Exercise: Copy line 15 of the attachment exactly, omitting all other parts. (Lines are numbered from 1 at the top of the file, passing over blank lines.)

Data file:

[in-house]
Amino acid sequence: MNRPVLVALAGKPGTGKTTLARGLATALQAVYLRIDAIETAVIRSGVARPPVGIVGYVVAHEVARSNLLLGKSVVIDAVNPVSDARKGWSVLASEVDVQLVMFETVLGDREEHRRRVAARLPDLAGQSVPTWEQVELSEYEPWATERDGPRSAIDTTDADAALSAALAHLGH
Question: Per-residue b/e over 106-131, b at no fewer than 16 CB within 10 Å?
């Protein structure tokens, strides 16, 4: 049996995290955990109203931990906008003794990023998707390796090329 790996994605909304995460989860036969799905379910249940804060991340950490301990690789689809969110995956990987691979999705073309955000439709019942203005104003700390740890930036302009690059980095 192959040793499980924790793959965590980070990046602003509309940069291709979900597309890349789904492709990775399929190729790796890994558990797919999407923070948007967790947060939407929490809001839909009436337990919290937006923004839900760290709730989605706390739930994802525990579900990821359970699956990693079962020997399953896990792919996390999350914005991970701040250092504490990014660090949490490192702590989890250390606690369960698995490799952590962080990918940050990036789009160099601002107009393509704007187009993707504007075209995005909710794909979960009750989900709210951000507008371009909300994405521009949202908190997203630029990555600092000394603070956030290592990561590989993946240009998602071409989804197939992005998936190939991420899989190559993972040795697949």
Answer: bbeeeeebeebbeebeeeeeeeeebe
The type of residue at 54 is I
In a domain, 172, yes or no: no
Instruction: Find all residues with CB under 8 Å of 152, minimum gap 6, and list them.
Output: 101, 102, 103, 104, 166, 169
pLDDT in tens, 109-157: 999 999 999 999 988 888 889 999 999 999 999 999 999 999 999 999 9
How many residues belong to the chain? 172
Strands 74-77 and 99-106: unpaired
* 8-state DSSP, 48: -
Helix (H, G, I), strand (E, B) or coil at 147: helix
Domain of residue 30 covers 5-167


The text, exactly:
Domain of residue 30 covers 5-167